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Bob Marley & The Wailers – Catch a Fire (1973)

February 28, 2017


Lovely Logo by Sarca @ caughtmegaming


[Album 520/1001]

I continue to be wrong about Bob Marley.

A couple years ago, I thankfully had a series of misconceptions set straight when I reviewed Natty Dread.

As part of an overwhelmingly positive review, I suggested Natty Dread was an album to press play & enjoy, it didn’t feel like an album to “type along with.”

So anticipating more of the same with Catch a Fire, this week I figured, Bob Marley as background music while prepping classes, what could go wrong?

Well, it appears, I still have much to learn.

With Catch a Fire, I was constantly typing along with the music.

More specifically, typing the letters “,” immediately followed by “Concrete Jungle lyrics,” and then repeated with each individual track name.

It turns out, while I like Marley’s music, at this stage of his career, I’m even more interested in hearing what he had to say.



Lyrically, the mid-section of Catch a Fire drifts into love song territory.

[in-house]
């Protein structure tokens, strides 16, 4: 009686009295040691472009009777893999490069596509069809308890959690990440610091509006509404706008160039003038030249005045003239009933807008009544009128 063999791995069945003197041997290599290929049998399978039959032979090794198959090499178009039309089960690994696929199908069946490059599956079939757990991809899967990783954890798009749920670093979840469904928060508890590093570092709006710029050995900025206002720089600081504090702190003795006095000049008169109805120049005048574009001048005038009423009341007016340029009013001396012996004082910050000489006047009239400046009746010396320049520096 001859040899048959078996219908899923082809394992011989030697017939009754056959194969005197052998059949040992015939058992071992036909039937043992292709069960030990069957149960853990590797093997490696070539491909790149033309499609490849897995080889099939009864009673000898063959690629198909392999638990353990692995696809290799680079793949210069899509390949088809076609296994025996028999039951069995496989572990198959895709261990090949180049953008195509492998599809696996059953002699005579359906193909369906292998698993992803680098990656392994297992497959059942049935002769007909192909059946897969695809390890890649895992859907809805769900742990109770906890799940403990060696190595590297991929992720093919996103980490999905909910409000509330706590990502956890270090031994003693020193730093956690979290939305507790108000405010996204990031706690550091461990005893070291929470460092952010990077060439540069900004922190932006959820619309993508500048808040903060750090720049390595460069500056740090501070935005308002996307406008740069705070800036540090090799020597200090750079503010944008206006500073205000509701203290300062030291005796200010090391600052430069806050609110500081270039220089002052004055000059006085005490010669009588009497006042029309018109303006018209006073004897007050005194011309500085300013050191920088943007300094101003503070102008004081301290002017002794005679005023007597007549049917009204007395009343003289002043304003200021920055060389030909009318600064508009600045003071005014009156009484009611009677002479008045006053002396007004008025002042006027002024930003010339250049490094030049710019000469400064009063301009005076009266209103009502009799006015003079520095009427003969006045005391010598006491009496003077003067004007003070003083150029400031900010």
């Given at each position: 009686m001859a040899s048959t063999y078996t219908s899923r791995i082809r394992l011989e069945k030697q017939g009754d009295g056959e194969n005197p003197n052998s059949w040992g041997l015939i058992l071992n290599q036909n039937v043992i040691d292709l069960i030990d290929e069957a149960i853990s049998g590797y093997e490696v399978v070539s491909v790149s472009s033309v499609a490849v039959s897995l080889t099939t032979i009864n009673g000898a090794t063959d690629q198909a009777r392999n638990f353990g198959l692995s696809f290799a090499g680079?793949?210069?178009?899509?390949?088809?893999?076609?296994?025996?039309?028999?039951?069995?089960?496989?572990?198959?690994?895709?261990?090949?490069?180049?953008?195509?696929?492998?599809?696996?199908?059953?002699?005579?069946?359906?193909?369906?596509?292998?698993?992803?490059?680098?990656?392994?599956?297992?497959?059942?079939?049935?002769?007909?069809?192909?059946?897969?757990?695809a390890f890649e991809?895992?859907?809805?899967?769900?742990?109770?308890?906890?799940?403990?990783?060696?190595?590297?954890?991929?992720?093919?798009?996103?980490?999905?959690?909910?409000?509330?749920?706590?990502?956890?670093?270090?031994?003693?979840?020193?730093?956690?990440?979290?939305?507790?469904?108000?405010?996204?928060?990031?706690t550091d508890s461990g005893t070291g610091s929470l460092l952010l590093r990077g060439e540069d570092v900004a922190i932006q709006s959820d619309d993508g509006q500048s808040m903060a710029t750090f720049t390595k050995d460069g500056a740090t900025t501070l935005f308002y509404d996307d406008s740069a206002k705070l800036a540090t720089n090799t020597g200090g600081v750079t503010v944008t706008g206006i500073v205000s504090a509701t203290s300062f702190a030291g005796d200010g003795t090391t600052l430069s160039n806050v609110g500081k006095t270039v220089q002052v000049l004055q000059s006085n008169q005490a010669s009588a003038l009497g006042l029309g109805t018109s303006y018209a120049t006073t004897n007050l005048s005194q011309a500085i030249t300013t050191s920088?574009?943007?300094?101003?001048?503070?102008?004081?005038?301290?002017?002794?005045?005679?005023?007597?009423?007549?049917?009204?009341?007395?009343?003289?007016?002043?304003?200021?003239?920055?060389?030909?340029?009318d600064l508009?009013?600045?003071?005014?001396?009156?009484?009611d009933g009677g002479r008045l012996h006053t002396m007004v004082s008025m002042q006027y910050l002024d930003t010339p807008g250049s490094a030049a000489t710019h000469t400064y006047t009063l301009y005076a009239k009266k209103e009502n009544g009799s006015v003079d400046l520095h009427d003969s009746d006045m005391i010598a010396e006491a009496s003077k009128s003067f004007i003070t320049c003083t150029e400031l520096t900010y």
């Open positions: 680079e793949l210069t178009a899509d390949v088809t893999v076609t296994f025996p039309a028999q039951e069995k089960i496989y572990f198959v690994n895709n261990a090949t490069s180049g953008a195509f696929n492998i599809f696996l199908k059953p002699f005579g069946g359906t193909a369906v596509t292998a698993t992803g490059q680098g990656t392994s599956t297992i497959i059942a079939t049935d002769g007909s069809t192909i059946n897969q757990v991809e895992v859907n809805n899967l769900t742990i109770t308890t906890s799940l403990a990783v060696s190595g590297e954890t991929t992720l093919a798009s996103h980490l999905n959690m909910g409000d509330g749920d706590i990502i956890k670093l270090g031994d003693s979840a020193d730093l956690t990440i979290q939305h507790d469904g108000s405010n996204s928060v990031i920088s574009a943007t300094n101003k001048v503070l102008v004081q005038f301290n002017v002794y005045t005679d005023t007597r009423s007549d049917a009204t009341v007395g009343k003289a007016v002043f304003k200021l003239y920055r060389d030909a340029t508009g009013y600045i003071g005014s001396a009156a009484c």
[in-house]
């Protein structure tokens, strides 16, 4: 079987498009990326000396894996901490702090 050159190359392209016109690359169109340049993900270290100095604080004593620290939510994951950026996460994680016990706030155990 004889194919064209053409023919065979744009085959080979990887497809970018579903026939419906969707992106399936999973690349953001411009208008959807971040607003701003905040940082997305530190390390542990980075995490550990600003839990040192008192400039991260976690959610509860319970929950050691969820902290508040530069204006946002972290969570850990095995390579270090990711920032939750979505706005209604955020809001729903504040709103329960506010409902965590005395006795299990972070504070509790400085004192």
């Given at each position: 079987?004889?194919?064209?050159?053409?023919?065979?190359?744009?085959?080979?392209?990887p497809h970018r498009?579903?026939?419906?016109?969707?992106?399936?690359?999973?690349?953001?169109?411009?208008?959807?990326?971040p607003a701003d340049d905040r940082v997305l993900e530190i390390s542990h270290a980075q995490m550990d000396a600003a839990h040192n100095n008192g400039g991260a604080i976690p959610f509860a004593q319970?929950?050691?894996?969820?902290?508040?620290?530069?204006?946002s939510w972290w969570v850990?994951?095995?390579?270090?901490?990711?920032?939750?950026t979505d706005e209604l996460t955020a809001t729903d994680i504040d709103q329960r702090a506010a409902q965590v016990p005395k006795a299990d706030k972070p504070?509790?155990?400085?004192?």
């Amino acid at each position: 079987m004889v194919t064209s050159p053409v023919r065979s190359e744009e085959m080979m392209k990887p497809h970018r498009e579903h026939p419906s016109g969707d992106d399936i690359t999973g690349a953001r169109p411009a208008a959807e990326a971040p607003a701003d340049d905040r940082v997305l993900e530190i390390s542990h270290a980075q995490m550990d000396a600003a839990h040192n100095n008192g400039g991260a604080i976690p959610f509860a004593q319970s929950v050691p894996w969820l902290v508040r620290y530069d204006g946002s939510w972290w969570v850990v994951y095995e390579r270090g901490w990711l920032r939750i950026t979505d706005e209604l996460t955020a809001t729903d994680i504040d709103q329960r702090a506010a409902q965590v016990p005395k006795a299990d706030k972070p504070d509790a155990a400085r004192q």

Which is fine, or to borrow a Seinfeld-ism, not that there’s anything wrong with that!

Perhaps if the timing had been different, those would have been the standout tracks.220px-bobmarleycatchafire

However, because I listened in February 2017, it was the political injustice tracks that kept me scrolling through the lyric sheets.

Like Concrete Jungle‘s, “No chains around my feet but I’m not free.”

Or Slave Driver‘s, “It’s only a machine that makes money.”

Not to mention No More Trouble‘s, “If you hope good down from above, Help the weak if you are strong now.”

Frequent interruptions to look up these, and other such compelling lyrics, did absolutely nothing for my lesson preparation efficiency.

But all of which made Catch a Fire feel like one of those albums that I’m glad I heard when I heard it; it may not have been as resonant before now.


Verbalize the Positive

A tip of the hat to Sir 1537 for getting me started on my path to Bob Marley appreciation with his 2015 review of Natty Dread.